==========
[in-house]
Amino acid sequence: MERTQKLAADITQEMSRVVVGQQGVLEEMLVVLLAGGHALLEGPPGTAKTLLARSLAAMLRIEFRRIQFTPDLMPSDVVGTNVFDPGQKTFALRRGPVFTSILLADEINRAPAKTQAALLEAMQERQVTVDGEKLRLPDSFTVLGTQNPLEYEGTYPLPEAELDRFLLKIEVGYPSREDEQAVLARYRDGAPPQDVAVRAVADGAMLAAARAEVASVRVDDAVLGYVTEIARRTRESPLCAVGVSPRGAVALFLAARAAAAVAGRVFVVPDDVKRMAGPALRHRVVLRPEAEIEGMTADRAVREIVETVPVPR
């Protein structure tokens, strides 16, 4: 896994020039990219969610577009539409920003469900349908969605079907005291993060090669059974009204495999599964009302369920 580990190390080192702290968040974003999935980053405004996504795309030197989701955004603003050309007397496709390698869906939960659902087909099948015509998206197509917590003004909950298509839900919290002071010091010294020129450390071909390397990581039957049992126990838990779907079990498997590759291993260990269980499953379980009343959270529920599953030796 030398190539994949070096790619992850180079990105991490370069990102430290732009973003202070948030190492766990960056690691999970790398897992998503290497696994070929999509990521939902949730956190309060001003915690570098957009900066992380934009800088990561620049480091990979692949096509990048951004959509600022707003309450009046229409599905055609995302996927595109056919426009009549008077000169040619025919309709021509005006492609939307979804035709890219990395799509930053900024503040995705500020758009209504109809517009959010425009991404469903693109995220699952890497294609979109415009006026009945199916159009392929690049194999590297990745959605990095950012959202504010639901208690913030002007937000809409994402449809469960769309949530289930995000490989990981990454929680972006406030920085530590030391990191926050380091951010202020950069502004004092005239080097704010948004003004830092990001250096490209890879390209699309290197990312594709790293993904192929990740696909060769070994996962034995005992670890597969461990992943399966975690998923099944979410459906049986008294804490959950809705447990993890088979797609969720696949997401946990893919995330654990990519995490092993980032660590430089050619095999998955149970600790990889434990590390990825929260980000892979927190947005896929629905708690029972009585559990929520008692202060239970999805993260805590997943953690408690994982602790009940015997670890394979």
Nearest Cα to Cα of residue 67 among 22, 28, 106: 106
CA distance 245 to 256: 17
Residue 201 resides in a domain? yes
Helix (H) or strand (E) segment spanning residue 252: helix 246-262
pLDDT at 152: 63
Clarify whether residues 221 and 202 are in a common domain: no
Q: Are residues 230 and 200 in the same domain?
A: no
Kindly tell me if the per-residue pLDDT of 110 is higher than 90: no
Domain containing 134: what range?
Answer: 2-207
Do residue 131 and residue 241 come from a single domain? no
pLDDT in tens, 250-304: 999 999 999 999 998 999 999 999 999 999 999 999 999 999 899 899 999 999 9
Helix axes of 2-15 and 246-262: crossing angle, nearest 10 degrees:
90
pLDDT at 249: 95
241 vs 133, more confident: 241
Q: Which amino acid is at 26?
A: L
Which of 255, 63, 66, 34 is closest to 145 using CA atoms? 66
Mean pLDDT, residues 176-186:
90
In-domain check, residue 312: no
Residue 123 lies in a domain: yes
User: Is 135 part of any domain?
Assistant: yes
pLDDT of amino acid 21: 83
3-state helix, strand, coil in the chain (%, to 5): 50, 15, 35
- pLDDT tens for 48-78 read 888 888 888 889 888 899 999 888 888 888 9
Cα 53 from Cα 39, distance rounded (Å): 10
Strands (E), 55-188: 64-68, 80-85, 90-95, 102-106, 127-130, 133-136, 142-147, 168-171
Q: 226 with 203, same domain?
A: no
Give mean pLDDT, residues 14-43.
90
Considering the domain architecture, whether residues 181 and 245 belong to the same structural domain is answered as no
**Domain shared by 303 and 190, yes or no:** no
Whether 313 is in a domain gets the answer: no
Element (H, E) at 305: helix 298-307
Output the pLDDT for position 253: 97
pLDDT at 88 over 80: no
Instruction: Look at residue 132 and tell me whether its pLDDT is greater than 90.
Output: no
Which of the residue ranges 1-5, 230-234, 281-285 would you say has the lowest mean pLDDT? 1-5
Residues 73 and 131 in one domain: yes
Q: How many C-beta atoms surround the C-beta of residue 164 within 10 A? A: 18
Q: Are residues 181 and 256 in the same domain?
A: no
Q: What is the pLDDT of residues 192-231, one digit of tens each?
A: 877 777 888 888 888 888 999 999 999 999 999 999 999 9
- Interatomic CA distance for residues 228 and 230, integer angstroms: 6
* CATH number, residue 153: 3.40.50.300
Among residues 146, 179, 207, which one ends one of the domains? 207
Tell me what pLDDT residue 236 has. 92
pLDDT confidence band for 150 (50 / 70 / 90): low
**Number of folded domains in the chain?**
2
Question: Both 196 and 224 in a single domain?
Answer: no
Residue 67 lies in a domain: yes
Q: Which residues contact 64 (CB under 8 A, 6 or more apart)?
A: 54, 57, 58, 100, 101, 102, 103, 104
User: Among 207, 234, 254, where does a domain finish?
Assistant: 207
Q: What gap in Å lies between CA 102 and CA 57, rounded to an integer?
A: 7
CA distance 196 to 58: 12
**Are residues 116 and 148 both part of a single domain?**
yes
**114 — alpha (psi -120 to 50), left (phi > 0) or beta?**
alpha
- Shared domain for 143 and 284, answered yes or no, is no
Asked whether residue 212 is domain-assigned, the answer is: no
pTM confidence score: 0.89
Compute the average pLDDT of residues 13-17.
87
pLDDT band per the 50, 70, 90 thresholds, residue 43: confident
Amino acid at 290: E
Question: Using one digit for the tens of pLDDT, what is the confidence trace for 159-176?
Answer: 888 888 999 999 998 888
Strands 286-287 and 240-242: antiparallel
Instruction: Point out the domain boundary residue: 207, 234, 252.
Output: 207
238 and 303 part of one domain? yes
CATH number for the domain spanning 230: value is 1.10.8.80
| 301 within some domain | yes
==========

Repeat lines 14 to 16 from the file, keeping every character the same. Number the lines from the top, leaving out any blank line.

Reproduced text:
Answer: 2-207
Do residue 131 and residue 241 come from a single domain? no
pLDDT in tens, 250-304: 999 999 999 999 998 999 999 999 999 999 999 999 999 999 899 899 999 999 9